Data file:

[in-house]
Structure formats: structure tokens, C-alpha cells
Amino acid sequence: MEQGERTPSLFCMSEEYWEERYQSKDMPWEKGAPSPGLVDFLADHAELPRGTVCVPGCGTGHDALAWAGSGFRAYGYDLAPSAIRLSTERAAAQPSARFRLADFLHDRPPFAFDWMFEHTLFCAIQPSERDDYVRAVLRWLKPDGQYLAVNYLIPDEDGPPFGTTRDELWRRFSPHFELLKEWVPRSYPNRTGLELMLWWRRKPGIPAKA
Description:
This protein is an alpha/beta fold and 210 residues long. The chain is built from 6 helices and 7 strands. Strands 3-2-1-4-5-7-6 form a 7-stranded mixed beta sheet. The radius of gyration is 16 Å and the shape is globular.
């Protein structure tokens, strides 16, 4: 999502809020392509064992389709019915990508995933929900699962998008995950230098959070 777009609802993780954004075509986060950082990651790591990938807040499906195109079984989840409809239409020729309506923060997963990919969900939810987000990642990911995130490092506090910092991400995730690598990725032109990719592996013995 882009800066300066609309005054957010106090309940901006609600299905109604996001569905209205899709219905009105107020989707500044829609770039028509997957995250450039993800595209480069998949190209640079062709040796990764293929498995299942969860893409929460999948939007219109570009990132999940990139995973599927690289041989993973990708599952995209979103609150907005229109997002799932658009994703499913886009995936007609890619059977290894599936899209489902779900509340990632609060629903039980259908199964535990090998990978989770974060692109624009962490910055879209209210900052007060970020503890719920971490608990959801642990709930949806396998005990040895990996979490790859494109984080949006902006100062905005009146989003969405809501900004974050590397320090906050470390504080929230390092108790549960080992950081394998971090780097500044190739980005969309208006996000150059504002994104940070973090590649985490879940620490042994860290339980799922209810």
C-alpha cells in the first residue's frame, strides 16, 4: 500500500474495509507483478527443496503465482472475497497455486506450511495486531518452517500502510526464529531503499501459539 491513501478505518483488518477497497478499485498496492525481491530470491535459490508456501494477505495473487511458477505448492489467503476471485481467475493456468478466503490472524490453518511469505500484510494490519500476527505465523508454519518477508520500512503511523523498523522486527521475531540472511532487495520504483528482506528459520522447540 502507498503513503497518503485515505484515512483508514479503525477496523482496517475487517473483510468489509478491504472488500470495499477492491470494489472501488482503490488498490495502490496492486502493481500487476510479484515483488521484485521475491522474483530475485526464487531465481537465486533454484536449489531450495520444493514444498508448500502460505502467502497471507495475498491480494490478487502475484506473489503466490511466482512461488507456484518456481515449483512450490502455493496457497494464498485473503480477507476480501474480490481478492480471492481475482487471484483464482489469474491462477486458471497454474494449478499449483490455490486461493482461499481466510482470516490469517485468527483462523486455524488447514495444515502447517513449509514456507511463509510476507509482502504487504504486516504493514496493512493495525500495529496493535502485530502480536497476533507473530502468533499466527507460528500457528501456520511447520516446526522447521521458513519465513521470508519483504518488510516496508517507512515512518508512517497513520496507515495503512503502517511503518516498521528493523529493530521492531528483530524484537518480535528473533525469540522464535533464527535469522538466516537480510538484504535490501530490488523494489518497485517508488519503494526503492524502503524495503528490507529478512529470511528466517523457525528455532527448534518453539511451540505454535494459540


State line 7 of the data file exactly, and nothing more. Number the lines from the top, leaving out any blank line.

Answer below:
C-alpha cells in the first residue's frame, strides 16, 4: 500500500474495509507483478527443496503465482472475497497455486506450511495486531518452517500502510526464529531503499501459539 491513501478505518483488518477497497478499485498496492525481491530470491535459490508456501494477505495473487511458477505448492489467503476471485481467475493456468478466503490472524490453518511469505500484510494490519500476527505465523508454519518477508520500512503511523523498523522486527521475531540472511532487495520504483528482506528459520522447540 502507498503513503497518503485515505484515512483508514479503525477496523482496517475487517473483510468489509478491504472488500470495499477492491470494489472501488482503490488498490495502490496492486502493481500487476510479484515483488521484485521475491522474483530475485526464487531465481537465486533454484536449489531450495520444493514444498508448500502460505502467502497471507495475498491480494490478487502475484506473489503466490511466482512461488507456484518456481515449483512450490502455493496457497494464498485473503480477507476480501474480490481478492480471492481475482487471484483464482489469474491462477486458471497454474494449478499449483490455490486461493482461499481466510482470516490469517485468527483462523486455524488447514495444515502447517513449509514456507511463509510476507509482502504487504504486516504493514496493512493495525500495529496493535502485530502480536497476533507473530502468533499466527507460528500457528501456520511447520516446526522447521521458513519465513521470508519483504518488510516496508517507512515512518508512517497513520496507515495503512503502517511503518516498521528493523529493530521492531528483530524484537518480535528473533525469540522464535533464527535469522538466516537480510538484504535490501530490488523494489518497485517508488519503494526503492524502503524495503528490507529478512529470511528466517523457525528455532527448534518453539511451540505454535494459540